Type 1 diabetes (T1D) or celiac disease (CD) develops in at least 2% of the general population. Early detection of disease-specific autoimmunity and subsequent monitoring would be possible if screening tests were more widely available. Currently, screening for islet autoimmunity is available only in a research setting, and CD-specific autoimmunity screening is limited to those in high-risk groups. This study assessed the feasibility of incorporating T1D and CD autoantibody screening into a pediatric practice.Methods:
Patient engagement strategies, blood collection preference, blood sample volume, rate of autoantibody detection in the general population, and parental satisfaction were assessed. Over 5 weeks, research staff recruited 200 patients, aged 2–6 yr from two pediatric practices in the Denver area to be screened for islet autoantibodies (IAs) and the transglutaminase antibody.Results:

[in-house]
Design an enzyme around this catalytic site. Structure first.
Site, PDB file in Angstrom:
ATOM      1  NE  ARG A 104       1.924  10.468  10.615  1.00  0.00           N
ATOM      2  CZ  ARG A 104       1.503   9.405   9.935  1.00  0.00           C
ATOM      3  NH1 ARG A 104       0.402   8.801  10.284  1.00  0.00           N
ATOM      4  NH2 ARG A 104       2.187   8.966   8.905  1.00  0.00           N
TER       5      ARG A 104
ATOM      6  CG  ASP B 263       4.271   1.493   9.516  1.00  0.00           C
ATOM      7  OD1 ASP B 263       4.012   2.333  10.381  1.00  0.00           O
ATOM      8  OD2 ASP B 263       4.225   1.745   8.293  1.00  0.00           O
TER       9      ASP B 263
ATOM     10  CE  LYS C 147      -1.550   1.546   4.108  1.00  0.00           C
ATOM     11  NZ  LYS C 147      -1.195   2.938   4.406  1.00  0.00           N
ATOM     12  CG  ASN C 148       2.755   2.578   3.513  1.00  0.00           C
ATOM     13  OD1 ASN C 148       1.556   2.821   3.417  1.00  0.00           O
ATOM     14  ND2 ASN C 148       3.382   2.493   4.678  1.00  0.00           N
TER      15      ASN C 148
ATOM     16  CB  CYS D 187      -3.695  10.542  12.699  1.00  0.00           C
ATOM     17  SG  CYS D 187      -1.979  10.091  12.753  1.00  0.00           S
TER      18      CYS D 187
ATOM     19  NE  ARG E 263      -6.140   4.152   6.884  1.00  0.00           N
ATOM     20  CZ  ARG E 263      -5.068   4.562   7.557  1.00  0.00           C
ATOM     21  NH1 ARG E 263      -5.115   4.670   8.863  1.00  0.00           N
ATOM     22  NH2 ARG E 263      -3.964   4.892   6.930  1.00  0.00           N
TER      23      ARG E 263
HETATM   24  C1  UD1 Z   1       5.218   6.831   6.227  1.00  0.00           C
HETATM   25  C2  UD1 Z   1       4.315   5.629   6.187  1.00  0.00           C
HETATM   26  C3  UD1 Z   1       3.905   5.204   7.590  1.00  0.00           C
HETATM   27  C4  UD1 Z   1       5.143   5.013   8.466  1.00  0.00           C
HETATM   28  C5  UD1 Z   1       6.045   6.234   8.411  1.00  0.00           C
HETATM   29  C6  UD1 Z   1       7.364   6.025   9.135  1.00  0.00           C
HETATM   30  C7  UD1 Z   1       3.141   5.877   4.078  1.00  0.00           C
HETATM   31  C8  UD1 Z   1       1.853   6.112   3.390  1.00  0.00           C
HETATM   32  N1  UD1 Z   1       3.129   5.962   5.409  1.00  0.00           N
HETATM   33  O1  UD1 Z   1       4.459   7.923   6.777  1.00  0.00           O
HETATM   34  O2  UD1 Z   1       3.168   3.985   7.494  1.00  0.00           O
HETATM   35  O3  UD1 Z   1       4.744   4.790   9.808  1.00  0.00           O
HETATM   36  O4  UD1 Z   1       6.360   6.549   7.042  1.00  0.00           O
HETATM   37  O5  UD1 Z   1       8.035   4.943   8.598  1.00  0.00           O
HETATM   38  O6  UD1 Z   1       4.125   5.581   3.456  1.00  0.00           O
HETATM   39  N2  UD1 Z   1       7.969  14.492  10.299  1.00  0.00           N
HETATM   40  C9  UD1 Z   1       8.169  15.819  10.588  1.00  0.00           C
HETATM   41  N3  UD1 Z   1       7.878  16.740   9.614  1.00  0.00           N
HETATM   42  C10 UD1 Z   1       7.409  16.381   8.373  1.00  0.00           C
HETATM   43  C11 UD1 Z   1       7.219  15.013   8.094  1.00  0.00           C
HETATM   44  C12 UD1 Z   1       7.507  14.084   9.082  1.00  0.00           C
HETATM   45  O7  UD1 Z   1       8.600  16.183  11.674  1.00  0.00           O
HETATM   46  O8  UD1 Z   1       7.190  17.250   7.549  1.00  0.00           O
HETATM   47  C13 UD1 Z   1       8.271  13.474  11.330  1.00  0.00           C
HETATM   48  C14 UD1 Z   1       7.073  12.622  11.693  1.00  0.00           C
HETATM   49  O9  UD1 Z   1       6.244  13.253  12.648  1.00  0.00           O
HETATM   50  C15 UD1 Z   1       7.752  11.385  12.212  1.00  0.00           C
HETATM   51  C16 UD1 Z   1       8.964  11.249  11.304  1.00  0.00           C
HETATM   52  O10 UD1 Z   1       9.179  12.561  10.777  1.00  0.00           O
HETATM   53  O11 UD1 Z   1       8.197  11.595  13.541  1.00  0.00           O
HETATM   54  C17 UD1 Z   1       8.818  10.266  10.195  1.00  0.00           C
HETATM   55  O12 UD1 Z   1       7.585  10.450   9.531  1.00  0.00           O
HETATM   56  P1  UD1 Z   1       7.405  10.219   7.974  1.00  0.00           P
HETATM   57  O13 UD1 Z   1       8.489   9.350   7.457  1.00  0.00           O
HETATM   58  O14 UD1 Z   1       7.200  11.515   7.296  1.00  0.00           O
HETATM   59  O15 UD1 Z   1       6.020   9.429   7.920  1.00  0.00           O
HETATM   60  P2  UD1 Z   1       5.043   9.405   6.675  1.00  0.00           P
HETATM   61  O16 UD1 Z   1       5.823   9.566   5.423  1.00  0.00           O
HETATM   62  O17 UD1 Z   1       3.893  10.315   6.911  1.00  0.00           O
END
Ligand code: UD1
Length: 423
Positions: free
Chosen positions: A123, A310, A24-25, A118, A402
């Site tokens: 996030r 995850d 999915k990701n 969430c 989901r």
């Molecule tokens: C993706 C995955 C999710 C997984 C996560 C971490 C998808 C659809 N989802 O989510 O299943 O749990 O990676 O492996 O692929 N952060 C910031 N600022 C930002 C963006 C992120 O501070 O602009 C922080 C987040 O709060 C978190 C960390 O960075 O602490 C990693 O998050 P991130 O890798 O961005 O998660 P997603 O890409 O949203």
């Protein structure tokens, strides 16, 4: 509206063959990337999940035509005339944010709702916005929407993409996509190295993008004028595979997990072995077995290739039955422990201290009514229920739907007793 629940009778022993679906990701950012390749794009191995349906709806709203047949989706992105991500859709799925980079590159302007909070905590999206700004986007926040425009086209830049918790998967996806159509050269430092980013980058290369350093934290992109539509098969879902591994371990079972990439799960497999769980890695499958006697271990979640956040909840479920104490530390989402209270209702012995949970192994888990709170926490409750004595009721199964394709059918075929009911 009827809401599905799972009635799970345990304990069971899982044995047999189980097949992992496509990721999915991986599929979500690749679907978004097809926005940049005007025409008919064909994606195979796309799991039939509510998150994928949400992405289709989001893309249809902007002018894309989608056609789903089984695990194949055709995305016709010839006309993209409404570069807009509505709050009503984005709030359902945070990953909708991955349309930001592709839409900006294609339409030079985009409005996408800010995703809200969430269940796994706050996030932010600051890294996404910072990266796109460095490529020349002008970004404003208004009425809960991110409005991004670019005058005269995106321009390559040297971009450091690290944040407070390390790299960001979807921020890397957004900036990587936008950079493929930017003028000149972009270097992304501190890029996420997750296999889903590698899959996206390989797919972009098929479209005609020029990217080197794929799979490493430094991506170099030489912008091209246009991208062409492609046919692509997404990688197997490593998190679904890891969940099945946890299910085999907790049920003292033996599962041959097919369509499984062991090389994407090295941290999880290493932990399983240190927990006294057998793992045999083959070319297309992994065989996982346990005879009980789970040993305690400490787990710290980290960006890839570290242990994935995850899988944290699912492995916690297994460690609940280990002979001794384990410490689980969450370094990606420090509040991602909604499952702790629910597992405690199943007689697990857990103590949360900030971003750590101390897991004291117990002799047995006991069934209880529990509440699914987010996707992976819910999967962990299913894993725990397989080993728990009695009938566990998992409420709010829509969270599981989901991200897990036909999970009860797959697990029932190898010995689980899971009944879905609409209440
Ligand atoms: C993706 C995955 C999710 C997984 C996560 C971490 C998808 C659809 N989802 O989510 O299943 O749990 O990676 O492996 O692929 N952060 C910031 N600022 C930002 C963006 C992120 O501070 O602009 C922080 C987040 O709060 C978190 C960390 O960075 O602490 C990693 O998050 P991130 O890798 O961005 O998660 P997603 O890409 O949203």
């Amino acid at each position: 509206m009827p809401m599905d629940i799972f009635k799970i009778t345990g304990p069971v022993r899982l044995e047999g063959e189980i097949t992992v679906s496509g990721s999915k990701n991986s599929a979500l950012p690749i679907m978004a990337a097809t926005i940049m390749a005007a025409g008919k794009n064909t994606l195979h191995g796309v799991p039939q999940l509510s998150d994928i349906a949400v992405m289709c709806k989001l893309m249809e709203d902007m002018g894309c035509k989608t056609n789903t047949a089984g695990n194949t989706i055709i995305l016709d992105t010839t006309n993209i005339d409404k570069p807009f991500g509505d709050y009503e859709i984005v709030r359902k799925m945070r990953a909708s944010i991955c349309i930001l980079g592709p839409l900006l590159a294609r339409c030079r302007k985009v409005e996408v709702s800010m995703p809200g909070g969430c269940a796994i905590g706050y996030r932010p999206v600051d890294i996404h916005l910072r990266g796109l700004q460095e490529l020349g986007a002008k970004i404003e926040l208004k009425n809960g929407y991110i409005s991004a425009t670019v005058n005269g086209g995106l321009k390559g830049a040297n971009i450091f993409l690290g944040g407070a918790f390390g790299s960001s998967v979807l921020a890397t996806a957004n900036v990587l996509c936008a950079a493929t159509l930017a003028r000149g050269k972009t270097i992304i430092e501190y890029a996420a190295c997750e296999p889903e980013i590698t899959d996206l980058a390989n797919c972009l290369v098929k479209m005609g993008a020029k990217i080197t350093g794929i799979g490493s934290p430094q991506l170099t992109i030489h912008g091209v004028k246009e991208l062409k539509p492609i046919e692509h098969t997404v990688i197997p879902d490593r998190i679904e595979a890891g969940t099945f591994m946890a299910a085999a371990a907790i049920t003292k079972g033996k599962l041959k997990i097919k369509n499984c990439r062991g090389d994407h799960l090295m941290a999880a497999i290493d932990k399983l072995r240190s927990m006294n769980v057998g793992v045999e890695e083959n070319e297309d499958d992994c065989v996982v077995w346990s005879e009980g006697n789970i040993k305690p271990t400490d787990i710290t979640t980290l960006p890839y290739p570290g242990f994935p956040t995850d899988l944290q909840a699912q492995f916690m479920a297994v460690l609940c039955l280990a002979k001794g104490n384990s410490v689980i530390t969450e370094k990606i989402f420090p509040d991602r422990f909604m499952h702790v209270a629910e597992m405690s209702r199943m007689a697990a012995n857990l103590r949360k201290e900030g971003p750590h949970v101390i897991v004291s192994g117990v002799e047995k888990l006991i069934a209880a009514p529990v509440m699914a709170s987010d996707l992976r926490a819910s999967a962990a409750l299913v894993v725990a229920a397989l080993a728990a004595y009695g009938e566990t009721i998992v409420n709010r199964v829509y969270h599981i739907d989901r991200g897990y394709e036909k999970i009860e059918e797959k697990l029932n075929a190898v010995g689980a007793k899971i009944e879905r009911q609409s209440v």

Of the 765 parents approached, 200 (26%) completed the same-day screening. Of the 565 subjects who did not complete the screening, 345 expressed interest, but were unable to make a participation decision. A finger stick, compared with a venous draw, was the preferred method of sample collection. Both methods yielded sufficient blood volume for autoantibody determination. IAs or the transglutaminase antibody were detected in 11 subjects. Parents expressed satisfaction with all aspects of participation.Conclusions:
The results of this study suggest that it is feasible to conduct this type of screening in a pediatric clinic. Such screening could lead to increased disease awareness and the possible benefits that can result from early detection.